Corneal aberrations and visual performance following photorefractive keratectomy (PRK) for hyperopia

K. M. Oliver, D. P.S. O'Brart, C. S. Stevenson, R. P. Hemenger, R. A. Applegate, A. Tomlinson, J. Maishall

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1 Citation (Scopus)


PURPOSE: To determine visual performance and optical consequences of corneal aberrations following (PRK) for hyperopia.
METHOD: 10 subjects underwent PRK to correct between +2D and +7D of hyperopia using Summit Technology LJV200™ excimcr laser. Refractive error was assessed using retinoscopy and standard subjective tests. Contrast sensitivity (CS) function for ? spatial frequencies (1.5 to 20 cpd). high (98%) and low (6.3%) contrast visual acuities were measured both for the natural and dilated (1% tropicamide) pupil using the Mentor B-VAT™ II-SG Video Acuity Tester. Corneal aberrations (spherical aberration (SA) and coma), for 5.5 mm diameter pupils, were estimated from topography data (measured with ihe TMS-1™, Computed Anatomy, NY) assuming a uni-index, single surface cornea.
RESULTS: 1. Before PRK mean refraction was +4.7D (±l.6), I month following PRK mean sphere was -1.9D (±0.9) and by 6 months +0.9D (±1.7). 2. Best corrected high contrast visual acuity was stili reduced 6 months after PRK for both dilated and undilated pupils. 3. Best corrected low contrast visual acuity was reduced immediately following PRK, but achieved preoperative levels by 6 months (dilated and undilated). 4. Significant changes in CS were found for 3,6, 12 and 20 cpd (pCONCLUSIONS: PRK for hyperopia can adversely affect CS for spatial frequencies of 6 and 12 cpd, and high and low contrast letter acuity. The primary corneal aberrations, SA and coma, were significantly altered following PRK. These results are similar lo those following PRK for myopia, with the exception of the direction of change in SA.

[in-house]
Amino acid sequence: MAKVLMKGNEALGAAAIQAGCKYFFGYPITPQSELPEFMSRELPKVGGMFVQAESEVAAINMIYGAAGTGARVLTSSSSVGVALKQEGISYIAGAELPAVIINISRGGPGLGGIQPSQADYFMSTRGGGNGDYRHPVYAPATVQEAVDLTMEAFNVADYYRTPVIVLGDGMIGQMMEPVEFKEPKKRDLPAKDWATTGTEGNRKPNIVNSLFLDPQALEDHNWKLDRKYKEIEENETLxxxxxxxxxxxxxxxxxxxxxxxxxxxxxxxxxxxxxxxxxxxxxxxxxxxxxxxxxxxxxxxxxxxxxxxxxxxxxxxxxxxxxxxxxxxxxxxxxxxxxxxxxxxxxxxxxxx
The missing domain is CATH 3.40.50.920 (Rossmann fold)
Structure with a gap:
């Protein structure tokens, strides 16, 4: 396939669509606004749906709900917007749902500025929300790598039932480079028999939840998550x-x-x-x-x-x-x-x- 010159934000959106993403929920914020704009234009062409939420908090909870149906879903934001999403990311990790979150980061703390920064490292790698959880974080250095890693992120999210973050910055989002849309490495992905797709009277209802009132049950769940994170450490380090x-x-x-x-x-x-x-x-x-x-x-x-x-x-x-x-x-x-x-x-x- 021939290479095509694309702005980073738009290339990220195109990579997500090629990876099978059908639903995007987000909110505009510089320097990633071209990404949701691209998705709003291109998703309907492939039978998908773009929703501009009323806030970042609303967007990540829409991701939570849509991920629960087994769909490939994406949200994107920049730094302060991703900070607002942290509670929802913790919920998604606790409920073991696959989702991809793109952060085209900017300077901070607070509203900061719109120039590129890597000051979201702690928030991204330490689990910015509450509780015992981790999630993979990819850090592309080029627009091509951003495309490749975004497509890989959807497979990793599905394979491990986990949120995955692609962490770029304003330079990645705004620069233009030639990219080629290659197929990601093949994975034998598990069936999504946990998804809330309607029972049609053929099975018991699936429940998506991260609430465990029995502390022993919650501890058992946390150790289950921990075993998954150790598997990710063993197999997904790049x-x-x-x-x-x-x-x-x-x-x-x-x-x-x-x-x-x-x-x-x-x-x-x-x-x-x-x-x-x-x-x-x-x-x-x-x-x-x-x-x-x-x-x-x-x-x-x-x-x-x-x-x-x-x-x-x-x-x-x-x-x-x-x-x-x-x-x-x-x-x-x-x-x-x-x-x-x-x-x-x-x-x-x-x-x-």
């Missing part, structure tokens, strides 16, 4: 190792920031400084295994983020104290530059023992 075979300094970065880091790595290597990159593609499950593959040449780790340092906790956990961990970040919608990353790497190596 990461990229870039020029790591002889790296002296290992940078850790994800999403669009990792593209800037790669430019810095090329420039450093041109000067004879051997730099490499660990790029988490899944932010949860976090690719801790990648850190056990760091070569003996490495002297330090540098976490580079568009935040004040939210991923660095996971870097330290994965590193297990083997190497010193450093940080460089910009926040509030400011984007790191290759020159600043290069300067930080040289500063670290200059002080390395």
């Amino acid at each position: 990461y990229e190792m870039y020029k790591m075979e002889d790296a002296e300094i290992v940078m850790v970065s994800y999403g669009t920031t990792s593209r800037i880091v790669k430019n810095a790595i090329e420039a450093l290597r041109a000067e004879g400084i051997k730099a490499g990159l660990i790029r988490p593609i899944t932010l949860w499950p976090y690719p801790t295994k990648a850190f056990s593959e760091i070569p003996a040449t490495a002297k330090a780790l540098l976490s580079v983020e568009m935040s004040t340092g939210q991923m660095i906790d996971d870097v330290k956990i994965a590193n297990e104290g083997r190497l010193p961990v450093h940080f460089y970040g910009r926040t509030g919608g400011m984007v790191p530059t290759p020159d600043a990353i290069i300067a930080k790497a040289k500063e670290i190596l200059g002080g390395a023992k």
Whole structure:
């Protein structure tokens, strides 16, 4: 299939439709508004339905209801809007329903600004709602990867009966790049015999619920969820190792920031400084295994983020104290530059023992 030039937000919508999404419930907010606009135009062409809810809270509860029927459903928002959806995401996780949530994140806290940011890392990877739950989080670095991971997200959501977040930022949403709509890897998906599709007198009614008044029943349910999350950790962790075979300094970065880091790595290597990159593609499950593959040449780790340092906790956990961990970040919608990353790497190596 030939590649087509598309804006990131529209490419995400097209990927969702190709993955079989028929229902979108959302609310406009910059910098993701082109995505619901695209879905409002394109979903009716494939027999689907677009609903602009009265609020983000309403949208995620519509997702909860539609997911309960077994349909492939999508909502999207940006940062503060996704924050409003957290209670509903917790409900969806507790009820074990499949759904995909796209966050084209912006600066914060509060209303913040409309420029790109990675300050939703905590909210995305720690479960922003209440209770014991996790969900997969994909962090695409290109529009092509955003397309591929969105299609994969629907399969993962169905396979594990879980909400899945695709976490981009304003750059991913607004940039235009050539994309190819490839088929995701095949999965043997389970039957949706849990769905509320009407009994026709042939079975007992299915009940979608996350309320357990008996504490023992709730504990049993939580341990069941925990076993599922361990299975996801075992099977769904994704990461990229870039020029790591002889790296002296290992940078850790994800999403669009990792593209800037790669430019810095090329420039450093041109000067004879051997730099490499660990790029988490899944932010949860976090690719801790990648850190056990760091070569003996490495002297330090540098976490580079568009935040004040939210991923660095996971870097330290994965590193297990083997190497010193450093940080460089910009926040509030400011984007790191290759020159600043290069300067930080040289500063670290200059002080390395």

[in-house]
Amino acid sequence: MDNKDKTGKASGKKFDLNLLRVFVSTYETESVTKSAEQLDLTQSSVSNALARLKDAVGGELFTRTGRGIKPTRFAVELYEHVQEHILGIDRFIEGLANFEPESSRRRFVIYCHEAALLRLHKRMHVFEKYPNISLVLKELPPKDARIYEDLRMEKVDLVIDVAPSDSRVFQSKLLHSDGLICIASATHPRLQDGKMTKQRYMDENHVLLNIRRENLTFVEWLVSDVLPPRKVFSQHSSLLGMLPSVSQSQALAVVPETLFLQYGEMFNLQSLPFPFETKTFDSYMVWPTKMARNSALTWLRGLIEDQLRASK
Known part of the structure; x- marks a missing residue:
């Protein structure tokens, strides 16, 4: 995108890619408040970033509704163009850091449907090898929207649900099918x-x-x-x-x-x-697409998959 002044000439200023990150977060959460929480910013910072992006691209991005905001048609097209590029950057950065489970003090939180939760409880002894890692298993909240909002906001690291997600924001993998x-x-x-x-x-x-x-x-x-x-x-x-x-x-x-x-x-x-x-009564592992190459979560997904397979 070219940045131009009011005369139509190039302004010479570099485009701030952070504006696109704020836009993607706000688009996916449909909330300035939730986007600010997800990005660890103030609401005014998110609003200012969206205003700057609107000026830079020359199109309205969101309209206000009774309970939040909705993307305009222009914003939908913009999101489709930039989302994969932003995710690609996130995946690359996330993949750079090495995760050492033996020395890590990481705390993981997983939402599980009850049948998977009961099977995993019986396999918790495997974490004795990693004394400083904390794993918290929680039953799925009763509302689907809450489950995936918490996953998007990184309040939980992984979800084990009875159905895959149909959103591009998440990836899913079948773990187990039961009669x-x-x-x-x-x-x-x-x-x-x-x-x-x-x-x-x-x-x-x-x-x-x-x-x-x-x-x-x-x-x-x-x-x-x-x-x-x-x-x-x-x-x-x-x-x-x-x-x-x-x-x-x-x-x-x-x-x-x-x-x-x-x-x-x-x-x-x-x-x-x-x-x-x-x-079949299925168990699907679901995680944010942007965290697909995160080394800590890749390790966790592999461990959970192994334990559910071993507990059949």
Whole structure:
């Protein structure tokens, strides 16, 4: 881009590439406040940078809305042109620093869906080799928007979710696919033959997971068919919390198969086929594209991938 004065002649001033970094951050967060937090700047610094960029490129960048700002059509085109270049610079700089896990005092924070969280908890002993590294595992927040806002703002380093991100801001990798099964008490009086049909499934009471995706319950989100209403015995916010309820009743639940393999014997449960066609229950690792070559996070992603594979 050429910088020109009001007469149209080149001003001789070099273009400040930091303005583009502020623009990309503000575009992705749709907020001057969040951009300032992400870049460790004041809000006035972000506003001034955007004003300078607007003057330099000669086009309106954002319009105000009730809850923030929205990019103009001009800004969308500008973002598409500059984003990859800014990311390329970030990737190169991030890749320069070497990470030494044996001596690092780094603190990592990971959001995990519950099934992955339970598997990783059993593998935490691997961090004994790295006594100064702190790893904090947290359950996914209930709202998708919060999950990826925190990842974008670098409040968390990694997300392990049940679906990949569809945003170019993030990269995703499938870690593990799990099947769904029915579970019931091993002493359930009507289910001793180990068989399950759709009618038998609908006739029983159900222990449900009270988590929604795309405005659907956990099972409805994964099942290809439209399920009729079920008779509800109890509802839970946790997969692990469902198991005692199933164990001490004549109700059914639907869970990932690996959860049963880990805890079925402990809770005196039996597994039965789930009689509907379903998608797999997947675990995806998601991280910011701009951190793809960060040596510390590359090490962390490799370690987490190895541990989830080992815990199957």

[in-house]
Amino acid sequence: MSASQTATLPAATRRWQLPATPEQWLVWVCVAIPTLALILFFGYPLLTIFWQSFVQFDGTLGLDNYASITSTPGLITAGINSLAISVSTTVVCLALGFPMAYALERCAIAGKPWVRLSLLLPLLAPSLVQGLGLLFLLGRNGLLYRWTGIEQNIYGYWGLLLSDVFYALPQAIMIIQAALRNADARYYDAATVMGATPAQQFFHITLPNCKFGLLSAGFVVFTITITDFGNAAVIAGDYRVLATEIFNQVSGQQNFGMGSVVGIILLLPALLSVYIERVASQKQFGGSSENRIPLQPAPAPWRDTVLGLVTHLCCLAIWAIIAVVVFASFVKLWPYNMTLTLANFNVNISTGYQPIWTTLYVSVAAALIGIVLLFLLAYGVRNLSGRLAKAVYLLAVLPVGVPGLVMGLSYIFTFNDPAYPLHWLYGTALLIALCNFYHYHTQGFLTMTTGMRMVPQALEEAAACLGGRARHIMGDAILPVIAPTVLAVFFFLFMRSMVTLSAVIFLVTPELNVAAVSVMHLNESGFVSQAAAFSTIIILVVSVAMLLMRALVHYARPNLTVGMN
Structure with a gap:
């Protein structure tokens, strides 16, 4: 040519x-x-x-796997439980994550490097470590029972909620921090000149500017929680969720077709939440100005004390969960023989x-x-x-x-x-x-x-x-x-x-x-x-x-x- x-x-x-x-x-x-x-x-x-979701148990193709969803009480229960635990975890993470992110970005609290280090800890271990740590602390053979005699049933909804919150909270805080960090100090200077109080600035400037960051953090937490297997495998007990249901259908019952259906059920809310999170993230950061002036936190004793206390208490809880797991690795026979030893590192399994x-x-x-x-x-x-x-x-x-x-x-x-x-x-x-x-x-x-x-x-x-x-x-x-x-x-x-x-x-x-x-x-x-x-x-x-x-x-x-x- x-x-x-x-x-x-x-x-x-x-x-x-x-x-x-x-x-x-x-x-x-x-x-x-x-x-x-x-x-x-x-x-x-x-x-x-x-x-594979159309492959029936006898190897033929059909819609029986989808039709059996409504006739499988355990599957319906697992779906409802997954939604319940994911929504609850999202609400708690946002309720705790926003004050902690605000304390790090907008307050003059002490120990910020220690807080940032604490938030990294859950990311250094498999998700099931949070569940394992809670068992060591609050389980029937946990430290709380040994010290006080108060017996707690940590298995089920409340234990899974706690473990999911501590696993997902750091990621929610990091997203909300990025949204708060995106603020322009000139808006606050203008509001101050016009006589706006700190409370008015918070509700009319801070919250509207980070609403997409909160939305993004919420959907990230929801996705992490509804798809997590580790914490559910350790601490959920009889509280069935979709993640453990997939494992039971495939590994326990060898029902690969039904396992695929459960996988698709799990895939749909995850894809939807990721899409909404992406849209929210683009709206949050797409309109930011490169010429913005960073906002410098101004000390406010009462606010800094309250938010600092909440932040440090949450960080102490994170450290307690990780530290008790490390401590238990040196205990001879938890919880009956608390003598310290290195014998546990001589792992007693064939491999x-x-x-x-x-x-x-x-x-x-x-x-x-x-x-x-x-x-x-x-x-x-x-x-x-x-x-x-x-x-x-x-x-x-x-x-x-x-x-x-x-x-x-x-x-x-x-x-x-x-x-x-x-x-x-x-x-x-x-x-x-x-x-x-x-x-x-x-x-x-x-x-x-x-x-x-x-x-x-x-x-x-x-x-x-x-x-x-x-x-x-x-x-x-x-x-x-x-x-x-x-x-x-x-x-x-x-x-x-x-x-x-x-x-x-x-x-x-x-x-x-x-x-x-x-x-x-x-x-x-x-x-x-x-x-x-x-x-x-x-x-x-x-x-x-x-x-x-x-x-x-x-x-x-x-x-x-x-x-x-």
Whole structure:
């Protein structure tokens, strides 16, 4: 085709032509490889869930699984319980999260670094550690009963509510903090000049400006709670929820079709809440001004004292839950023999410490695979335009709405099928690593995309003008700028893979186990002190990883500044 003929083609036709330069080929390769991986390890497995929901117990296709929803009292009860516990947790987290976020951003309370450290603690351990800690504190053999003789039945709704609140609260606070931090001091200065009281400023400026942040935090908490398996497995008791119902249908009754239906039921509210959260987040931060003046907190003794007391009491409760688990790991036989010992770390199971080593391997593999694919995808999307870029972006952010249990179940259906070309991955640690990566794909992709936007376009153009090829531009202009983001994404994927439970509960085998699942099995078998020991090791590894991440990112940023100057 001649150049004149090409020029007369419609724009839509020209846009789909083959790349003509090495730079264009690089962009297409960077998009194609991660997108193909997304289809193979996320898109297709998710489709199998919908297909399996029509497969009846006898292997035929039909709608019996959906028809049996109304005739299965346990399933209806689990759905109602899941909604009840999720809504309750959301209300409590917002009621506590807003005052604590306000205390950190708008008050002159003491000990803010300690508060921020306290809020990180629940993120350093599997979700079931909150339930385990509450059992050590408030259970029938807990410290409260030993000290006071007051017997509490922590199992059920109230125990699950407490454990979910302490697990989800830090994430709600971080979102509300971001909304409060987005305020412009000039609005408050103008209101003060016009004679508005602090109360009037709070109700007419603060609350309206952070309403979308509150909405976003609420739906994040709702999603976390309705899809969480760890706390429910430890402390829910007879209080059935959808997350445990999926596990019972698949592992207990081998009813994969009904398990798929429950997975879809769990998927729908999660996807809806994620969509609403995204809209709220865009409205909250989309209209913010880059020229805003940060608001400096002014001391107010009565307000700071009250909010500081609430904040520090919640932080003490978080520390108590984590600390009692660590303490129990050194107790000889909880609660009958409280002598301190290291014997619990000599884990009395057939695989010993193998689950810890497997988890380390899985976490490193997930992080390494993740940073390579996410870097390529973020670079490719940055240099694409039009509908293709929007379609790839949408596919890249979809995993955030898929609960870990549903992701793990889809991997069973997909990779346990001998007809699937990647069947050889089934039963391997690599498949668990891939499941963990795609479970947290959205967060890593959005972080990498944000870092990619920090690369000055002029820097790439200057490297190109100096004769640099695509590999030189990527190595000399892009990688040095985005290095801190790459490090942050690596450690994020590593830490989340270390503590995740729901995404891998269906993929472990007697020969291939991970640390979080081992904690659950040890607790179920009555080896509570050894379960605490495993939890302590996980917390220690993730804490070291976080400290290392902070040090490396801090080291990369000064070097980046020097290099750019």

Original languageEnglish
Pages (from-to)S531
JournalInvestigative Ophthalmology and Visual Science
Issue number4
Publication statusPublished - 1997

ASJC Scopus subject areas

  • Ophthalmology
  • Sensory Systems
  • Cellular and Molecular Neuroscience


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